Nothing ruins a diorama faster than an out of scale item (except a turpentine spill!). The immersion is spoiled, and the out of sorts item becomes the focus of the scene. So, save the poor size estimation for closing time and try this technique for scratch-built scale. Specifically, I’ll show you how I scaled some road signs I’m making.
I found a website that allows you to print rulers for free. At printablerulers.net I was able to make a ruler that showed inches at the bottom and 1/35 scaled feet at the top. You can play around with the options to make it different scales like 1/72 or 1/48. You could also change it from inches to millimeters. I printed my ruler and laminated it for longer survival on the workbench.
Next, I found a website that sells road signs. This site was kind enough to provide the actual dimensions of the signs in the item description. I found images of the signs I wanted and dropped them into PowerPoint.
In PowerPoint, I turned on the gridlines and ruler feature. Next, I adjusted the zoom feature from the bottom right of the screen. While holding the printed ruler up to the screen’s ruler, I adjusted the zoom until one inch was the same size on both ruler and screen. For my screen and scale, this was 90%.
I pasted my signs into PowerPoint. Using my printed ruler, I knew that two scale feet (width of sign) was equal to about 1 ¾ real inches. I adjusted the size of the image until it matched.
I didn’t have the correct dimensions for the highway sign, though. Luckily, because I scaled my screen to match my ruler, I could hold a 1/35 scale figure up to the screen to get an idea. With the figure as reference, I sized the highway sign to what I thought looked right.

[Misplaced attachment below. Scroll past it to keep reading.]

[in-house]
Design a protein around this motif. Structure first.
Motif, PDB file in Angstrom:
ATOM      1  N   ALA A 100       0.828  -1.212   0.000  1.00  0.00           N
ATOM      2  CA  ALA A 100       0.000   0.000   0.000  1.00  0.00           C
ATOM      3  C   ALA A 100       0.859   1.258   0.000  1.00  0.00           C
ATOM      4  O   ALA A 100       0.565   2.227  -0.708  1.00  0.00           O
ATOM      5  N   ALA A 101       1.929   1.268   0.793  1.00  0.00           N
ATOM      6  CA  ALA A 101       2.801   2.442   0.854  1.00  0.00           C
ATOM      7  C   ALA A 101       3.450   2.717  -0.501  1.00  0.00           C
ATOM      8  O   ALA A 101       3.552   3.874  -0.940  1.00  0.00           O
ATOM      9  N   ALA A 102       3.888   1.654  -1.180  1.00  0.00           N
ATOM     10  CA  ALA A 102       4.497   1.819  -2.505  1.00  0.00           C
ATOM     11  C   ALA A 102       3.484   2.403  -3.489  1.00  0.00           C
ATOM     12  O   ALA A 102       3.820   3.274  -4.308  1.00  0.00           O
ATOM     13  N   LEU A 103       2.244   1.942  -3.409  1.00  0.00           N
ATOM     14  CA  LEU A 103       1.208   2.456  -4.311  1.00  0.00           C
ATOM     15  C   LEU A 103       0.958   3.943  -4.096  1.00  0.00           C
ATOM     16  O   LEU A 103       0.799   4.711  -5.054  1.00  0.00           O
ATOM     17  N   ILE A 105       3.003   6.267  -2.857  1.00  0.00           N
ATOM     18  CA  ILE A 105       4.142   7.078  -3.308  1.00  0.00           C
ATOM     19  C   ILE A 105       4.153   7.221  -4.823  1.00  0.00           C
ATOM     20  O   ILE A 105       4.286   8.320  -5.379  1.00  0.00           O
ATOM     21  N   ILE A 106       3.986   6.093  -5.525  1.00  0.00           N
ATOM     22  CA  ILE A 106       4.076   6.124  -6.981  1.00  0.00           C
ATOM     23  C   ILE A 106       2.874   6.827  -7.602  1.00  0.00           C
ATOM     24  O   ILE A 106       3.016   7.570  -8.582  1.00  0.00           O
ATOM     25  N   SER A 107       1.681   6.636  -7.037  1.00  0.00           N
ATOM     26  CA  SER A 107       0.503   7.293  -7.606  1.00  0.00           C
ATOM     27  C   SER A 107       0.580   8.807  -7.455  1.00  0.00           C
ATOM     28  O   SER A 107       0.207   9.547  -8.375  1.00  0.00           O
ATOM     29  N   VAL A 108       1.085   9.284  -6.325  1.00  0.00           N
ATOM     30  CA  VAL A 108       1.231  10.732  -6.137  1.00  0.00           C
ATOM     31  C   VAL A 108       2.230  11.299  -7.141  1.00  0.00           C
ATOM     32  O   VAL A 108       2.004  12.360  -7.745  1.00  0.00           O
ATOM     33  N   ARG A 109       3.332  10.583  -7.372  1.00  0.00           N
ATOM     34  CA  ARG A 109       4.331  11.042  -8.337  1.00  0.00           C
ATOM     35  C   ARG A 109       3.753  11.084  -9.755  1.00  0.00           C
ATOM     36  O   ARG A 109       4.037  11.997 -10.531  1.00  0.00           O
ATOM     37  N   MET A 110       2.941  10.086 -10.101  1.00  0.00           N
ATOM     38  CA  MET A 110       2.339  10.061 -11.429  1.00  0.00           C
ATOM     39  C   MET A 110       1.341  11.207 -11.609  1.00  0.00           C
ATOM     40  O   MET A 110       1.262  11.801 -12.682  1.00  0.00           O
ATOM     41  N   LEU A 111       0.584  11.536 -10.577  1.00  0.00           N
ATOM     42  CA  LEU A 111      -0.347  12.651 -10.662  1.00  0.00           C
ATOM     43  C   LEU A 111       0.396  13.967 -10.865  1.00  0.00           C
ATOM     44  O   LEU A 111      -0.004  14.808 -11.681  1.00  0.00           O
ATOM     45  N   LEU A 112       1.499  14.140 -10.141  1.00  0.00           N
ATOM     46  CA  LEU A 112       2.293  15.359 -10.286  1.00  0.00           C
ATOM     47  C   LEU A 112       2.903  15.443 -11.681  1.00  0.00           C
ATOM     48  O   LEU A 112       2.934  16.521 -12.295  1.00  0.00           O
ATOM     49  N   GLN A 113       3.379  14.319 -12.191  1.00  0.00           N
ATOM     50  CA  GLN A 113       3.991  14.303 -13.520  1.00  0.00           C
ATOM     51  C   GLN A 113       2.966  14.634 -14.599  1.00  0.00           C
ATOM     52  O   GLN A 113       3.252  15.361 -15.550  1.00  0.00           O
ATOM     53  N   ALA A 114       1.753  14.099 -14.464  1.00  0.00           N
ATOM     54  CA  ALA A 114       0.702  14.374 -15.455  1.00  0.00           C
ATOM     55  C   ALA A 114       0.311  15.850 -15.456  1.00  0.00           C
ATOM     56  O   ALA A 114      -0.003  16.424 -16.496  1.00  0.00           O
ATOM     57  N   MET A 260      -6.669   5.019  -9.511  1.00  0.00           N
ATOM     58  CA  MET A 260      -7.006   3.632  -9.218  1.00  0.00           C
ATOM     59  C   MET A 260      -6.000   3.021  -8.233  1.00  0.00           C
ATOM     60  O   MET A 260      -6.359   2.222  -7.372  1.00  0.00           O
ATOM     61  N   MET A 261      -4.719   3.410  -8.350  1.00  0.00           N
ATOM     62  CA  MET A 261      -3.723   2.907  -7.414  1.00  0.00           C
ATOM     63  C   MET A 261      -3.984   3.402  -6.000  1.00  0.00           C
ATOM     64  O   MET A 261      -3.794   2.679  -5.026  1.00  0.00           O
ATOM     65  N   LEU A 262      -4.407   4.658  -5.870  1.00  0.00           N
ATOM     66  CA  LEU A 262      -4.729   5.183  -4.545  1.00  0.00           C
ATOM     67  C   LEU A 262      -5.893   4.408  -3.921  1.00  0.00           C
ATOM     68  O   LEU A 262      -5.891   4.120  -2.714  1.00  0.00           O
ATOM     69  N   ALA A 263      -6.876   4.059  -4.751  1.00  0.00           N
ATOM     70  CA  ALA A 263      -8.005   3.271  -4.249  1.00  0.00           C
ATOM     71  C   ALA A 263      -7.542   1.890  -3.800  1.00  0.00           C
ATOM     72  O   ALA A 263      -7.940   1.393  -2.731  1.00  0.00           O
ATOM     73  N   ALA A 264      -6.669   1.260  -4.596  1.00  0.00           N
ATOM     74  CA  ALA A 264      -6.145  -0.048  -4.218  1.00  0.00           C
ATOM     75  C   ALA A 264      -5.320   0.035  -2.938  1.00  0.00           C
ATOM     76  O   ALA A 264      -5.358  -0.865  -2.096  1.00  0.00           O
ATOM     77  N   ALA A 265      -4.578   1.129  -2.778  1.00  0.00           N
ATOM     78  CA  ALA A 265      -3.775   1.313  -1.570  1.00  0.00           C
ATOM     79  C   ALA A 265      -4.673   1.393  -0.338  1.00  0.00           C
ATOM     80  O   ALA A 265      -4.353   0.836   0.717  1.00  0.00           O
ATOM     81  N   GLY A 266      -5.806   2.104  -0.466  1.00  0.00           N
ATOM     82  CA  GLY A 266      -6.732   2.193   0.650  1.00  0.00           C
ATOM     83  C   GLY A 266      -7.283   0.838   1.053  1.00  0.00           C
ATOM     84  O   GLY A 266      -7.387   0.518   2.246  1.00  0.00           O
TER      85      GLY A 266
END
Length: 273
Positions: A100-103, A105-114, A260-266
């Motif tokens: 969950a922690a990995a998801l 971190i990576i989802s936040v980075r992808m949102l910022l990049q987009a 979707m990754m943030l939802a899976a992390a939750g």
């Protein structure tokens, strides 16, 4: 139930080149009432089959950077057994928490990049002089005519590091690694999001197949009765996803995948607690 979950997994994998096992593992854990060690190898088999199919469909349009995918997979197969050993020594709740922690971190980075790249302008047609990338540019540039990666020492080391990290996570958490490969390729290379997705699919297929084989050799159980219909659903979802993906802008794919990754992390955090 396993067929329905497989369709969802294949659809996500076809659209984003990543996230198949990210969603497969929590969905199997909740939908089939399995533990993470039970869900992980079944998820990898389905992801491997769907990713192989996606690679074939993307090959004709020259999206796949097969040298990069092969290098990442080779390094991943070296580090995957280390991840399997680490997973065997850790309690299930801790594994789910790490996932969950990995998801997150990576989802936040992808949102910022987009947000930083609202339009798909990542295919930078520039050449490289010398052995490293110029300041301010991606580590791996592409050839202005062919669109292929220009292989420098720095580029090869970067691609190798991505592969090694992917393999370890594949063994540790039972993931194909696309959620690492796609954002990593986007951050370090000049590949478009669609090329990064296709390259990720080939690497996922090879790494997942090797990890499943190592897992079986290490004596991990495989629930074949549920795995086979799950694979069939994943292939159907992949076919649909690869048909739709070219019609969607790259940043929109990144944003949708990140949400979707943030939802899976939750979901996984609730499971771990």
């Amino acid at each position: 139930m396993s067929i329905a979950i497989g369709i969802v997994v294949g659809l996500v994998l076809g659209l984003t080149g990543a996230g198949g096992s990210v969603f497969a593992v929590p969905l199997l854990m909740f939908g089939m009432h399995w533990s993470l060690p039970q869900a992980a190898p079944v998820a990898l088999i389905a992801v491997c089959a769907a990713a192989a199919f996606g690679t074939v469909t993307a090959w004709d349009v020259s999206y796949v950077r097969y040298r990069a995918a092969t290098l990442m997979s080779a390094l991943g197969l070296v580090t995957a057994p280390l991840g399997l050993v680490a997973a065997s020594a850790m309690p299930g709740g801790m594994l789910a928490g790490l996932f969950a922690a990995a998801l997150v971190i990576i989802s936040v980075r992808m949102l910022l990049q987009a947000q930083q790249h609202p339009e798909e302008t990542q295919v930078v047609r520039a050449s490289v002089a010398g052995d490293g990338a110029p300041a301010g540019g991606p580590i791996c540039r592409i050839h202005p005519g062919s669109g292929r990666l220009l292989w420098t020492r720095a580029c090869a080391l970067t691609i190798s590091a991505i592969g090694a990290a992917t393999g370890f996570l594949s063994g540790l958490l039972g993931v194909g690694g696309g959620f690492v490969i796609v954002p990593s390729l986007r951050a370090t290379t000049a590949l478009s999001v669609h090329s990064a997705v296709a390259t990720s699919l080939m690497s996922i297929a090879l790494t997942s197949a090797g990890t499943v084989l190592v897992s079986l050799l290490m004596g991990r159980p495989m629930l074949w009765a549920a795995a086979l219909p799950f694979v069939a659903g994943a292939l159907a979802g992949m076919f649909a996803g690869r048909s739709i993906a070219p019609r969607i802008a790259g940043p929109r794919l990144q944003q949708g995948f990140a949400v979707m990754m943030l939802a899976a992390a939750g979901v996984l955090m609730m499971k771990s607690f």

I copy/pasted the signs a few times. There is plenty of room for error in this process, so printing a few extra is a no brainer. Once printed, I cut them out leaving plenty of edge around the borders.
I have some thin-rolled tin I use for canvases and signs, but I’ve seen aluminum cans used as sign backings to great success. I sprayed one side of the tin with spray adhesive. I like to use the spray because the water in PVA (white) glue can mess with the ink on the paper. With the spray adhesive dry, I use a hobby knife and scissors to cut around the border.
At this point, I sprayed the signs with a gloss clear coat. I wait to do this until after I cut them out because the clear coat will help keep the paper edges from fraying from the metal backing. As long as you keep the can back 12-18 inches from the paper, you shouldn’t have a saturation problem with the ink.
From here I can work on the signpost and any weathering I might want to include. The metal backing will ensure the sign holds any bends I want to put in it. How do you keep scale in your models? What’s the tiniest scaled piece you’ve fiddle with? What’s for lunch? Thanks for stopping by!